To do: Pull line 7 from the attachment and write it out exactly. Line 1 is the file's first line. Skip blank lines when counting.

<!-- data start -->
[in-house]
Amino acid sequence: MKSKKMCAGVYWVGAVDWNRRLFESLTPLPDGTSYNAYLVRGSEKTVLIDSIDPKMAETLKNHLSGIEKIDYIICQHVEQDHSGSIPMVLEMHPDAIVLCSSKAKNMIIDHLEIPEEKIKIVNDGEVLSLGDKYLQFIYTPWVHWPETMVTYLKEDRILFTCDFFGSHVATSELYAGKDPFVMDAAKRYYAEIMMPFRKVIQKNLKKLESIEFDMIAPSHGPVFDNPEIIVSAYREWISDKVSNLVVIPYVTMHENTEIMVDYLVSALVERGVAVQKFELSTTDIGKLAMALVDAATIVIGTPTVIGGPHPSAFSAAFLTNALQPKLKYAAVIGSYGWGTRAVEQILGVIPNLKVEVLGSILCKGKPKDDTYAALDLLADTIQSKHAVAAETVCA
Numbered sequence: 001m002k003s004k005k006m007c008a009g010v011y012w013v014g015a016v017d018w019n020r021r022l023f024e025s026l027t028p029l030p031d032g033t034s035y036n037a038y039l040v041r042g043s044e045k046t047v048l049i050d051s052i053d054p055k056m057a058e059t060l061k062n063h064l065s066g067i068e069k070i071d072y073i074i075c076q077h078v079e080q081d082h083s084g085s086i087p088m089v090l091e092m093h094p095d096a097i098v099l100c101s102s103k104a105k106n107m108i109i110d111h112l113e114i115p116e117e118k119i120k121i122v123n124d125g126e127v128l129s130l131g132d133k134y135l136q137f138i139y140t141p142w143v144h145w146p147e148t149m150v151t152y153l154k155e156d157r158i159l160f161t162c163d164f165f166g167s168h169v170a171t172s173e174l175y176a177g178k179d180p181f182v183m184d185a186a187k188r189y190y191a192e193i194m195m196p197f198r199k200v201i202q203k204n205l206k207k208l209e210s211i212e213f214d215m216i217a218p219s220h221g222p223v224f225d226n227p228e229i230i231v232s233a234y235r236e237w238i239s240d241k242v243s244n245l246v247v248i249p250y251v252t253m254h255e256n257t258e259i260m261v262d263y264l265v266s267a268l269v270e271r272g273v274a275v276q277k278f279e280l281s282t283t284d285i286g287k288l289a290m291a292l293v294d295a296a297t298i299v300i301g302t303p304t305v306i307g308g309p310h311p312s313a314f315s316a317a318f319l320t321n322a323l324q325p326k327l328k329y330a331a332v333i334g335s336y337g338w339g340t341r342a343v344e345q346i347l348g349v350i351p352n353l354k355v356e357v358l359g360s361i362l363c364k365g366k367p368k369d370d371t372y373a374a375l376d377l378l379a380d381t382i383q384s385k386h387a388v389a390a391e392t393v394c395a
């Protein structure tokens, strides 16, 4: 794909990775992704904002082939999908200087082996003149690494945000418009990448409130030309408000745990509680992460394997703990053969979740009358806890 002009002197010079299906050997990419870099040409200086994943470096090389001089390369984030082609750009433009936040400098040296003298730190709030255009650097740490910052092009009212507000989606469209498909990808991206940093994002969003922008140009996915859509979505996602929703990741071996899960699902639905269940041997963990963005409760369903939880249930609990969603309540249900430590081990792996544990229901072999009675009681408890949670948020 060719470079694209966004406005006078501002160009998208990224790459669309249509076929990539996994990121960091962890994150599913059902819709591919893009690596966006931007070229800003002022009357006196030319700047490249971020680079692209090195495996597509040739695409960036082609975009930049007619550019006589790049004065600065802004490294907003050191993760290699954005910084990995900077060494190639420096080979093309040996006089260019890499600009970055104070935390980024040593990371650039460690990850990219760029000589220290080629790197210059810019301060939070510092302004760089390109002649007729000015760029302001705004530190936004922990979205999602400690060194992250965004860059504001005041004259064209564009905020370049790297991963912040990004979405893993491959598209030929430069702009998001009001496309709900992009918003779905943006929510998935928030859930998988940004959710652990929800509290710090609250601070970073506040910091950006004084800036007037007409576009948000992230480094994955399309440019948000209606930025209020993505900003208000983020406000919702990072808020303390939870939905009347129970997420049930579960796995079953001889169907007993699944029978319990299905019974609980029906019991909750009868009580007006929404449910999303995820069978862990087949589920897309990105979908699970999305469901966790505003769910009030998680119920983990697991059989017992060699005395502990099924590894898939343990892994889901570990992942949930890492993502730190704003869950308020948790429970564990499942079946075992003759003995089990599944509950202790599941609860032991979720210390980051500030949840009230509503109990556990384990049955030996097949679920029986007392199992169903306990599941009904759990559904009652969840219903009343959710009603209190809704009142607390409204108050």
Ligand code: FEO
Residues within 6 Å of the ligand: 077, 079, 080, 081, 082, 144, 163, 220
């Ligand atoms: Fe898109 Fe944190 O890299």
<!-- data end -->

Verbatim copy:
């Ligand atoms: Fe898109 Fe944190 O890299």